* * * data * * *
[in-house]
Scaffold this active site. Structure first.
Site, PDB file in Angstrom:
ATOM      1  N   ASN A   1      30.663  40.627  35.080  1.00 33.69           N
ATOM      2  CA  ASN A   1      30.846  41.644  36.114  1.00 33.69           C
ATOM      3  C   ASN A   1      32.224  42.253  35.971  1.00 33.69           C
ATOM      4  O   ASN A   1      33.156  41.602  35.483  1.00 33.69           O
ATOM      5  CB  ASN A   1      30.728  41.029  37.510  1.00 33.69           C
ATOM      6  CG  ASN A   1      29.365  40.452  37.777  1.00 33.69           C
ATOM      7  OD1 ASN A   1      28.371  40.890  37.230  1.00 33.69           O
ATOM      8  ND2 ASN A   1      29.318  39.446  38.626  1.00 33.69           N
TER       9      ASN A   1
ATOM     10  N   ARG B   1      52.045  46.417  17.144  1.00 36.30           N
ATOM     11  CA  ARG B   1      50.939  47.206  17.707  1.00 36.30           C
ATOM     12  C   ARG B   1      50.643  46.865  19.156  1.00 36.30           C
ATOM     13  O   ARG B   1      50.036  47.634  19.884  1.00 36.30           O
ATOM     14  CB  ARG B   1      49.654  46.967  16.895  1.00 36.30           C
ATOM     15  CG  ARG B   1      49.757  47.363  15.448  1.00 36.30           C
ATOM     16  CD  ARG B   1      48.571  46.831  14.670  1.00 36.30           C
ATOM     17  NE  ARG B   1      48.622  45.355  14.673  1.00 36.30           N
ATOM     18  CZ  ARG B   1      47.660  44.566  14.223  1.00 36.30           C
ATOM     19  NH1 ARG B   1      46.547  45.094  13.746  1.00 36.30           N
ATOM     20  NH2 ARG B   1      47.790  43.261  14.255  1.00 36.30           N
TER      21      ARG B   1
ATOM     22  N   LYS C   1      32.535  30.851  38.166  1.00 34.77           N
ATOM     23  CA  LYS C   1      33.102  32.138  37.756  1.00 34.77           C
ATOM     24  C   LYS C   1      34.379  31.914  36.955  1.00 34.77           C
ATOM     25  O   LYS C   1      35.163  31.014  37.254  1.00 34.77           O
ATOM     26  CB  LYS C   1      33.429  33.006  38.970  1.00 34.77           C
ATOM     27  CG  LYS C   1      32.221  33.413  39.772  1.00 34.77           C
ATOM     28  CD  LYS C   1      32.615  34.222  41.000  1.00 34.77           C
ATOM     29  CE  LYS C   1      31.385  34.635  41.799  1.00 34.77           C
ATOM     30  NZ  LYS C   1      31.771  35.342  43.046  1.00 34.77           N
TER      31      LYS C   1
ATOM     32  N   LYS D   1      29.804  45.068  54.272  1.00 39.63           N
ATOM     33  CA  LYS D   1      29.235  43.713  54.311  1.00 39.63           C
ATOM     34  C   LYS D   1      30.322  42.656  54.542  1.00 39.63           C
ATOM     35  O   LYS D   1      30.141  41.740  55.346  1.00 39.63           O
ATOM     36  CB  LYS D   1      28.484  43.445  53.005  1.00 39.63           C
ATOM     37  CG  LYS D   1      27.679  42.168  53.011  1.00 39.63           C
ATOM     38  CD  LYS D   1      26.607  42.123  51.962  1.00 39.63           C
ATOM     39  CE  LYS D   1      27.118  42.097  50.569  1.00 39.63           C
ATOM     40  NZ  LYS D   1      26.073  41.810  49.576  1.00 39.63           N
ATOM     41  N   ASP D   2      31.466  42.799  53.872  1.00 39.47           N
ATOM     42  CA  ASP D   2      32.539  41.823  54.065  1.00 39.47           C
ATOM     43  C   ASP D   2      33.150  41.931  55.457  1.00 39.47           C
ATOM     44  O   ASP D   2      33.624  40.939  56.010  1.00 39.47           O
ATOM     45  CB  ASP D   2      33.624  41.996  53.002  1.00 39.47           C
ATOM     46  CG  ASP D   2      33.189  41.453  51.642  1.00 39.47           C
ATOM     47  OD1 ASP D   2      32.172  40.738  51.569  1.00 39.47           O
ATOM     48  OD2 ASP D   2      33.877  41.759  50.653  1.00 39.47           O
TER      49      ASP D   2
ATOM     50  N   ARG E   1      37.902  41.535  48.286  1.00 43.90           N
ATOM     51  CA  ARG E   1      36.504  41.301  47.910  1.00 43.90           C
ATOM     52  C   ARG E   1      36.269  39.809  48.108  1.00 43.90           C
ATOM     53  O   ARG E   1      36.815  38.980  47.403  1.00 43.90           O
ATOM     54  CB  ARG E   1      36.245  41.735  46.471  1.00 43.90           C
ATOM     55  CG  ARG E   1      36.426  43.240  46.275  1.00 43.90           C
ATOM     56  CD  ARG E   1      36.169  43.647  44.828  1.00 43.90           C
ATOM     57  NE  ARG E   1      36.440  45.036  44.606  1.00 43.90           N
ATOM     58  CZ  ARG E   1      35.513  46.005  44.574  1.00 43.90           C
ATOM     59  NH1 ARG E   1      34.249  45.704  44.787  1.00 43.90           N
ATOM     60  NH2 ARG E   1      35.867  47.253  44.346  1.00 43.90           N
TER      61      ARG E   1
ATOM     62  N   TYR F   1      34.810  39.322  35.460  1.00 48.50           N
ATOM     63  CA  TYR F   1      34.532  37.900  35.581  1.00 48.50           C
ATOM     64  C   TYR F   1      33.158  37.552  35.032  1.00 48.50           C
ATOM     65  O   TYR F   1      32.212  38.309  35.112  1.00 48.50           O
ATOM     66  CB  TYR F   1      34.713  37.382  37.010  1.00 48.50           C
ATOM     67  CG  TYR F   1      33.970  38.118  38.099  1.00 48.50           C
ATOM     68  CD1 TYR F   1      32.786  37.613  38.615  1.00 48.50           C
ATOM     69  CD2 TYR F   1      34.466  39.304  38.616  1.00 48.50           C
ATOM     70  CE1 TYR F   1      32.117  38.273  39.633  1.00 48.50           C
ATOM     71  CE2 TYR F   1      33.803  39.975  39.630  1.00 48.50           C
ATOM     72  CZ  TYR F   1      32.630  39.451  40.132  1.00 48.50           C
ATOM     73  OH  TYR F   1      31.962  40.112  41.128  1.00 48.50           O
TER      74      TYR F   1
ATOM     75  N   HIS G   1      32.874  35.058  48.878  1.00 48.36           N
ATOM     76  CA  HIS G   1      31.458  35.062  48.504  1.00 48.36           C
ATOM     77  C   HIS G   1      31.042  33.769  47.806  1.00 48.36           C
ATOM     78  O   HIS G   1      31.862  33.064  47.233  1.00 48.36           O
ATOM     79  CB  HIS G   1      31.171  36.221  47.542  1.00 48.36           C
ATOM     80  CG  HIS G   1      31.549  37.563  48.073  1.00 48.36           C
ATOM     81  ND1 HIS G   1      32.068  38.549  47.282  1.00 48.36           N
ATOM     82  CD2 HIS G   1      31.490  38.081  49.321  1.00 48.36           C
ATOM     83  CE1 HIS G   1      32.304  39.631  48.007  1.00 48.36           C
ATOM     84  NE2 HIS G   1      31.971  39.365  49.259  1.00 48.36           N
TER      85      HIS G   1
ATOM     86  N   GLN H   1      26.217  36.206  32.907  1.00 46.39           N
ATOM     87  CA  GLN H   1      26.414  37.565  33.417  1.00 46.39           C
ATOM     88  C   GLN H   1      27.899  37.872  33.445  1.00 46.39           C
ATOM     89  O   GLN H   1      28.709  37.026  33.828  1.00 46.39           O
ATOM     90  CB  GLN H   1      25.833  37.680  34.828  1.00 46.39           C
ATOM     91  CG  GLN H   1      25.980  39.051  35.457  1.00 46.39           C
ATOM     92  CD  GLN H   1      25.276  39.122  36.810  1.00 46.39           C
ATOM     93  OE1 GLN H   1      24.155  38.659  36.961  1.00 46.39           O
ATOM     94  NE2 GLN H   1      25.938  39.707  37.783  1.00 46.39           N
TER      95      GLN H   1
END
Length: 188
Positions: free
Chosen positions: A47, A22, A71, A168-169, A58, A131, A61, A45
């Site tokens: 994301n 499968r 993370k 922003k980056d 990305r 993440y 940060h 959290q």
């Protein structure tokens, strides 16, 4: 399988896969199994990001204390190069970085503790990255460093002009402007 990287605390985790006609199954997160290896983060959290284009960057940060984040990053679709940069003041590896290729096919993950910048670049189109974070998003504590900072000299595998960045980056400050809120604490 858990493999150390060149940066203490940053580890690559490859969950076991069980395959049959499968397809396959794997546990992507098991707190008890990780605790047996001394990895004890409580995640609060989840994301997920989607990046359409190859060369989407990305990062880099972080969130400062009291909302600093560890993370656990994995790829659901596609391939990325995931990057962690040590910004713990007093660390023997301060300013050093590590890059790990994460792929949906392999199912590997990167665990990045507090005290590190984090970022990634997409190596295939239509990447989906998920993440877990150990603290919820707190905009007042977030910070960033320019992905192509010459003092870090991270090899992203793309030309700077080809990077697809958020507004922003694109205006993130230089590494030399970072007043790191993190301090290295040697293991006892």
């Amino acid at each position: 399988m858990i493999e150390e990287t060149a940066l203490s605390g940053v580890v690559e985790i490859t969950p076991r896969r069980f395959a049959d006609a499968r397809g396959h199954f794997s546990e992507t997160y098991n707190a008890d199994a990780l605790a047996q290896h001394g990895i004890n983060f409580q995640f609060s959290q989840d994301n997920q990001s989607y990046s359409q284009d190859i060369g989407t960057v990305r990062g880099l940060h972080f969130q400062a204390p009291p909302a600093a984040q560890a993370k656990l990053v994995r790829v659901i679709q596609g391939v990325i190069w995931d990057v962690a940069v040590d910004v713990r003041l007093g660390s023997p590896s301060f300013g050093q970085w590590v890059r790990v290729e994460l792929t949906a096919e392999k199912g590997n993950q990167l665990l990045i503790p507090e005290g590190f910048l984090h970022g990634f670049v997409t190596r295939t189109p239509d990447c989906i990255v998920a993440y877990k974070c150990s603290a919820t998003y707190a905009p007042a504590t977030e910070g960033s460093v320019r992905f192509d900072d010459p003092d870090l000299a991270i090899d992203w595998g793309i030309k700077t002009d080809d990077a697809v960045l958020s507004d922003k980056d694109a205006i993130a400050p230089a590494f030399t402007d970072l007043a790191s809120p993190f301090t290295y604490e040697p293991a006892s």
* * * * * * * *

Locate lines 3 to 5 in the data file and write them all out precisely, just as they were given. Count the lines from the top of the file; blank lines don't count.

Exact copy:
Site, PDB file in Angstrom:
ATOM      1  N   ASN A   1      30.663  40.627  35.080  1.00 33.69           N
ATOM      2  CA  ASN A   1      30.846  41.644  36.114  1.00 33.69           C